This post was inspired by Michael Kordahi, well known to many as @delic8genius, who put out a call encouraging to geeks to share their geek origin stories.
My geek origin is shrouded in the mists of time. It was so long ago that there is
no only one photographic record [update: which is now in the hands of Michael Kordahi, heaven help me]. But there was a revolution going on and I became part of it.
During school and university I had no interest in technology or gadgets. My passion was for the humanities – history, philosophy, anthropology. Nothing to do with any of the so-called ‘hard sciences’ or mathematics.
But my first job was in a bank, one of those boring jobs I mentioned recently. Thus my first exposure to computers was to the mysterious mainframes to which one submitted requests that were returned, if you were lucky, two days later.
Yet I was still not attracted to technology. After all, what was there to love about the cold hard mainframe? And where was the immediate gratification?
After escaping from the job in a bank to a stockbroking firm I was given client trust accounts to manage. There were lots of things to track. Again we relied on the slow and klunky mainframe (oh the joys of JCL and TSO I could recount). Then a colleague showed me his new gadget – a personal computer running MS DOS – it was the only one in the office, nay the only one in the building.
That gadget fascinated me and, before my colleague realised it, I had co-opted the machine for myself. I was suddenly able to keep track of things using new fangled things called spreadsheets. Then I discovered you could make it do what you wanted by writing programs.
Not yet a geek, but well on my way toward it.
Landed my next job partly due to my PC skills, still doing finance work. But one day I was standing in the kitchen chatting with the CEO (as you do) and happened to mention that there was a problem with the computer system in the office.
[Pro-tip: never casually mention problems to a CEO unless you are prepared to help fix them]
She mentioned that we needed an IT manager and, since I sounded like I knew about that ‘stuff’, asked if I wanted the job. My ‘prudent’ response (having no experience at all for this job) was “yes”.
Thus began my geek apprenticeship: inheriting the world’s most unstable and unreliable Unix system and applications. From there I discovered how hardware, operating systems, networks and databases work; and how various programming languages work (starting with shell scripts and moving on from there). It was endlessly fascinating. Eventually I had to accept that no one can ever know everything about technology. I also had to accept that I am a very bad software programmer and an even worse metadata modeller.
The next interesting thing I came across was a guy in Finland who proposed an open source version of Unix, eventually known as Linux. In retrospect, by that time, there had been an evolution in my life: from the early days of humanities studies, to hanging out with friends for days on end (eating pizza) while we fooled about reverse engineering kernels. By this stage I was an unconscious geek (i.e. a geek but completely unaware of this fact, even though a member of AUUG).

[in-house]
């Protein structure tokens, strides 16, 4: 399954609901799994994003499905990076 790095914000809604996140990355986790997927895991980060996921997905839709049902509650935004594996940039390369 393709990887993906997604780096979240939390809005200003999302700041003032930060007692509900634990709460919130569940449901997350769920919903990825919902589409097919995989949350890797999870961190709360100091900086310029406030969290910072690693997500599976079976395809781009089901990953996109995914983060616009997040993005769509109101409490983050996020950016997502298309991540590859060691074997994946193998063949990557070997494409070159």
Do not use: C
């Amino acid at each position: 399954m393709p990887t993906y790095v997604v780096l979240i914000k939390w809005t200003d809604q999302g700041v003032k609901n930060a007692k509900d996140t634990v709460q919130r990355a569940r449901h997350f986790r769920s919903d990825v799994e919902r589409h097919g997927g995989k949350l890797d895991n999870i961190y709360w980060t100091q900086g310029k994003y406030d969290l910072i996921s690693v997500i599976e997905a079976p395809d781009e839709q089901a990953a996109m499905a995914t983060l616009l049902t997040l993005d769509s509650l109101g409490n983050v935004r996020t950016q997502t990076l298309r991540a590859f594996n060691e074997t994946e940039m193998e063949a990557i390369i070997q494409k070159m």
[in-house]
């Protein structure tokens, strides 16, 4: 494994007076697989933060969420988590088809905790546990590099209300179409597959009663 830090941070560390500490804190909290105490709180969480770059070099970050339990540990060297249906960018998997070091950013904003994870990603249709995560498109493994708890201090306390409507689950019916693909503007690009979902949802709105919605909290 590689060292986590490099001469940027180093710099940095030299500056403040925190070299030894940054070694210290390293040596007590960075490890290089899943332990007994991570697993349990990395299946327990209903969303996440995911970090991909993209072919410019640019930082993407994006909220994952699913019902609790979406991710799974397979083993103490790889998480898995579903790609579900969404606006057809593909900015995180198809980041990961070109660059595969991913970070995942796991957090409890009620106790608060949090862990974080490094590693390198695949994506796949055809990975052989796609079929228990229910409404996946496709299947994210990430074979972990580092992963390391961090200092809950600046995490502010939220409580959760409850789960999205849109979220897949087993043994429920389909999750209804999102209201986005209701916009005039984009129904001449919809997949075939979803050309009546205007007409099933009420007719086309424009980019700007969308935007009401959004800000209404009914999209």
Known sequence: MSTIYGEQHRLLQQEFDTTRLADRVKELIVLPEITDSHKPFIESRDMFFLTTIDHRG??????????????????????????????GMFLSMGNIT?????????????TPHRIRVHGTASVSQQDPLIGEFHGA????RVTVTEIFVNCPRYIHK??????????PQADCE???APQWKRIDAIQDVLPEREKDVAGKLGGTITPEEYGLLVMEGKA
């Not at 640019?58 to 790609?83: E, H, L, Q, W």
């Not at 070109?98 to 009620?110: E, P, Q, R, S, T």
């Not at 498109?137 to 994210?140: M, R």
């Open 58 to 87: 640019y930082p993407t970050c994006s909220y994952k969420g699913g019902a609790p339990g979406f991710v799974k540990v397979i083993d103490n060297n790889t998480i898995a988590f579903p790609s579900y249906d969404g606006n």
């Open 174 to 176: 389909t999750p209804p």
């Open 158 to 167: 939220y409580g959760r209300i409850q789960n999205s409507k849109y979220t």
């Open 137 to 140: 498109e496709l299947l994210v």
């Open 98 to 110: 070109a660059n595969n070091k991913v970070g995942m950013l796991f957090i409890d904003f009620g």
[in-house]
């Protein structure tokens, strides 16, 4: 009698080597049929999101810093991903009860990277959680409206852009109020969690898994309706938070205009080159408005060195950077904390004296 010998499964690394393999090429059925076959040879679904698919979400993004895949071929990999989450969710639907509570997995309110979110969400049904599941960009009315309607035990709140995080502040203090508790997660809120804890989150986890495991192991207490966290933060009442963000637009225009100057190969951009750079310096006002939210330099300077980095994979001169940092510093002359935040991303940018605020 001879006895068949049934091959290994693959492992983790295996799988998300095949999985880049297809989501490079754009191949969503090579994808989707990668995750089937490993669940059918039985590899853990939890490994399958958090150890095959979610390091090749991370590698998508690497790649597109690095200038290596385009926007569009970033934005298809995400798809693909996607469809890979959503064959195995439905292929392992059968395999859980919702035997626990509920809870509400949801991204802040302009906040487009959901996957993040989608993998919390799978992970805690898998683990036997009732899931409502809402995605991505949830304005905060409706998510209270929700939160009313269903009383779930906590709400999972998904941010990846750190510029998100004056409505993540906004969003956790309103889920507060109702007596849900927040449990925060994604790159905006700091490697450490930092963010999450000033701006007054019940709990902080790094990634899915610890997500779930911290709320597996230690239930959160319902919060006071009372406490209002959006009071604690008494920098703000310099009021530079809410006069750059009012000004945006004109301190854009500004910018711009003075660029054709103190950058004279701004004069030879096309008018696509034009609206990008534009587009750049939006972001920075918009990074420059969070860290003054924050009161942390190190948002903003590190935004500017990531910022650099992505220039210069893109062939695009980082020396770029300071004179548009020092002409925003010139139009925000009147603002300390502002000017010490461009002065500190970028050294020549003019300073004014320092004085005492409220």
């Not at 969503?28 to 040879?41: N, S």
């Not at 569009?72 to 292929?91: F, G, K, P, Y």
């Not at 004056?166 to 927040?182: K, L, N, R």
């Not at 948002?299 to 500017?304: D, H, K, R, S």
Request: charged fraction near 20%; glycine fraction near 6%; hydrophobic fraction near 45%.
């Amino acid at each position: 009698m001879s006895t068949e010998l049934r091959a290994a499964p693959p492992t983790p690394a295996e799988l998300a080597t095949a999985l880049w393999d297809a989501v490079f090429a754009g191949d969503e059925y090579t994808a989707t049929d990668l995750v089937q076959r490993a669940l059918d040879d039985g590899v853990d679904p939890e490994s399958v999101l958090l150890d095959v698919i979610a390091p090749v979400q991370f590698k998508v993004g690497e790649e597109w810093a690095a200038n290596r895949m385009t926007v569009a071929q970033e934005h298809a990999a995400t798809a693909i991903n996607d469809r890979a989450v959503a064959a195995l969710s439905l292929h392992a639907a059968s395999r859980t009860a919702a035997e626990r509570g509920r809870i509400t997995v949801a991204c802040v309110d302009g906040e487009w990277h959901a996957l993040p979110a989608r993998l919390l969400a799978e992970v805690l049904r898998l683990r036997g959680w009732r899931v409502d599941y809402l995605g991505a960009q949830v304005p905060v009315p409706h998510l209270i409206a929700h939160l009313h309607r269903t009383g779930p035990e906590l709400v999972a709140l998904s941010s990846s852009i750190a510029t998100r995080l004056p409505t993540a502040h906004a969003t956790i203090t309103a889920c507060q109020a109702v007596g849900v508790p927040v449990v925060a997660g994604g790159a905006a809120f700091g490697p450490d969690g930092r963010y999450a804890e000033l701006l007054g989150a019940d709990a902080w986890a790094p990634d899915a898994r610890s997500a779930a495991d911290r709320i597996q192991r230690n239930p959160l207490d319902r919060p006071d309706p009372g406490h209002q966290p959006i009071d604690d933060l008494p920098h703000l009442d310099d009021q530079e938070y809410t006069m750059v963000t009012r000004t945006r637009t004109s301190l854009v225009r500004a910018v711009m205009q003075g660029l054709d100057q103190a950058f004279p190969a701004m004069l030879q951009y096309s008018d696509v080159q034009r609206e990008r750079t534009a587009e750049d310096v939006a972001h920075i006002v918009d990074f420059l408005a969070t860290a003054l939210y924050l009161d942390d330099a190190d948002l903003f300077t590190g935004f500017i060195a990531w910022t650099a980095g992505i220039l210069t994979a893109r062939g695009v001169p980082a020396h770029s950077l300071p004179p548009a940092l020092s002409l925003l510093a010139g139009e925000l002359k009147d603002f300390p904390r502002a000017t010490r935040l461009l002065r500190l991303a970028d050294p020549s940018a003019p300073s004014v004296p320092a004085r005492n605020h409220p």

Then came the web. From the first time I heard about the web and hypertext it held enormous fascination. The power inherent in the notion of hyperlinking and hyperconnecting documents, people and things seemed to have great promise.
From the early days of the web I worked on enterprise web development, managing teams who were building large scale web applications. The roles varied: project manager, enterprise architect, software development manager, consultant.
In the late 1990s I worked as one of the architects on a large scale middleware application – we called it a “multi-channel integration architecture” – that enabled multiple front end channels to interconnect with heterogenous backend systems. Off-the-shelf middleware like we have now did not really exist so it had to be created from scratch.
From there I moved onto development of early e-commerce for both B2B and B2C, and customisation of supply chain, ERP and CRM systems. The power of technology to revolutionise business and business models inspired me to study management, marketing and e-commerce at university.
While working on all these large-scale enterprise systems, I was also playing with what has come to be called web 2.0 and experimenting on my own time. Learning HTML and other scripting languages for fun. Started blogging for fun too, before blogging tools existed. Was an early user of Blogger, Typepad and finally migrated to WordPress.
It was during the blogging that I finally became conscious of my geekiness. But I didn’t really come out of the closet then since there weren’t many women geeks in my circles of acquaintance.
But with the advent of Twitter, and connecting with many amazing women who were also geeks, I finally came out of the closet and embraced my geekiness.
And that is the story of my geek origin, what’s your geek origin story? And, as Michael Kordahi (a.k.a. @delic8genius) said:
“This year at TechEd (super secret but super high profile project for now), I want to profile and capture your Geek Origin Stories.
What memories do you have that define you?
I’m looking for your personal stories that tap into what makes you geek. Stories like mine that tap into your geek DNA and the (tacit) attributes that define you.
So, please email me one or a few of your Geek Origin Stories. Also please include a photo or video of you being a young geek.
Email me at firstname.lastname@example.org or post your own online and send me a link.”